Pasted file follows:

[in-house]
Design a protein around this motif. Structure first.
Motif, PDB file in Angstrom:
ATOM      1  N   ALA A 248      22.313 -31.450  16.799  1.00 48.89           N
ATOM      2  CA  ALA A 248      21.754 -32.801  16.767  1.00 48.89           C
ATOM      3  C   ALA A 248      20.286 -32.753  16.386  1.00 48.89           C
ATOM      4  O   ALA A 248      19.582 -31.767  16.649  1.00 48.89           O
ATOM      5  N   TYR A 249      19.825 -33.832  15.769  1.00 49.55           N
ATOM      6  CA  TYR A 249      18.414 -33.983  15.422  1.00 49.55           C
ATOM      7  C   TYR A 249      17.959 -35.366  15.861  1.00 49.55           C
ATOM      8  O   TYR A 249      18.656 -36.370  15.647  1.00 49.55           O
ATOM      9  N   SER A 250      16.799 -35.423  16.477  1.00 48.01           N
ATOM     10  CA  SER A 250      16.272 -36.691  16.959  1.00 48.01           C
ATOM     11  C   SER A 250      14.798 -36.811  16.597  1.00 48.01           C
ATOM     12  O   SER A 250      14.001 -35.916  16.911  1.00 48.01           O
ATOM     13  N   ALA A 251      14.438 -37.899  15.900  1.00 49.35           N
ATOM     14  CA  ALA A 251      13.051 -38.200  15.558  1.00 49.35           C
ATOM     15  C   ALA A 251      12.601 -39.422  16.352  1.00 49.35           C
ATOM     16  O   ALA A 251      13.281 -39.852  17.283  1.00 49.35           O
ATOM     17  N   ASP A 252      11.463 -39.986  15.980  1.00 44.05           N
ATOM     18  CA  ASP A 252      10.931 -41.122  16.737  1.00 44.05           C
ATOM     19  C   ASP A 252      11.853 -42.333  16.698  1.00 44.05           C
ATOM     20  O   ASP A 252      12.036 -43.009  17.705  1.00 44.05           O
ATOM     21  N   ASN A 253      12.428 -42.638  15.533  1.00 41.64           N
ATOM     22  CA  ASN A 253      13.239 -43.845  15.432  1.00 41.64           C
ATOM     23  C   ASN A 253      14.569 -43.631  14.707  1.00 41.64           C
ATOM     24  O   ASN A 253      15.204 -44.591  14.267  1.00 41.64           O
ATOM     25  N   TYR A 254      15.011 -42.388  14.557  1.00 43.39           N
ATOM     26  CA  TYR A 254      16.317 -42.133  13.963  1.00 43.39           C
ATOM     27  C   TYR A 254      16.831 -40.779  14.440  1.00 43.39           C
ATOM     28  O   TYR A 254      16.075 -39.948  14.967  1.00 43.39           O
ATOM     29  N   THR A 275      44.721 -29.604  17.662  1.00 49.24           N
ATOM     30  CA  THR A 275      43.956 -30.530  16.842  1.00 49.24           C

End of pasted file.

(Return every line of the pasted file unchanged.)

[in-house]
Design a protein around this motif. Structure first.
Motif, PDB file in Angstrom:
ATOM      1  N   ALA A 248      22.313 -31.450  16.799  1.00 48.89           N
ATOM      2  CA  ALA A 248      21.754 -32.801  16.767  1.00 48.89           C
ATOM      3  C   ALA A 248      20.286 -32.753  16.386  1.00 48.89           C
ATOM      4  O   ALA A 248      19.582 -31.767  16.649  1.00 48.89           O
ATOM      5  N   TYR A 249      19.825 -33.832  15.769  1.00 49.55           N
ATOM      6  CA  TYR A 249      18.414 -33.983  15.422  1.00 49.55           C
ATOM      7  C   TYR A 249      17.959 -35.366  15.861  1.00 49.55           C
ATOM      8  O   TYR A 249      18.656 -36.370  15.647  1.00 49.55           O
ATOM      9  N   SER A 250      16.799 -35.423  16.477  1.00 48.01           N
ATOM     10  CA  SER A 250      16.272 -36.691  16.959  1.00 48.01           C
ATOM     11  C   SER A 250      14.798 -36.811  16.597  1.00 48.01           C
ATOM     12  O   SER A 250      14.001 -35.916  16.911  1.00 48.01           O
ATOM     13  N   ALA A 251      14.438 -37.899  15.900  1.00 49.35           N
ATOM     14  CA  ALA A 251      13.051 -38.200  15.558  1.00 49.35           C
ATOM     15  C   ALA A 251      12.601 -39.422  16.352  1.00 49.35           C
ATOM     16  O   ALA A 251      13.281 -39.852  17.283  1.00 49.35           O
ATOM     17  N   ASP A 252      11.463 -39.986  15.980  1.00 44.05           N
ATOM     18  CA  ASP A 252      10.931 -41.122  16.737  1.00 44.05           C
ATOM     19  C   ASP A 252      11.853 -42.333  16.698  1.00 44.05           C
ATOM     20  O   ASP A 252      12.036 -43.009  17.705  1.00 44.05           O
ATOM     21  N   ASN A 253      12.428 -42.638  15.533  1.00 41.64           N
ATOM     22  CA  ASN A 253      13.239 -43.845  15.432  1.00 41.64           C
ATOM     23  C   ASN A 253      14.569 -43.631  14.707  1.00 41.64           C
ATOM     24  O   ASN A 253      15.204 -44.591  14.267  1.00 41.64           O
ATOM     25  N   TYR A 254      15.011 -42.388  14.557  1.00 43.39           N
ATOM     26  CA  TYR A 254      16.317 -42.133  13.963  1.00 43.39           C
ATOM     27  C   TYR A 254      16.831 -40.779  14.440  1.00 43.39           C
ATOM     28  O   TYR A 254      16.075 -39.948  14.967  1.00 43.39           O
ATOM     29  N   THR A 275      44.721 -29.604  17.662  1.00 49.24           N
ATOM     30  CA  THR A 275      43.956 -30.530  16.842  1.00 49.24           C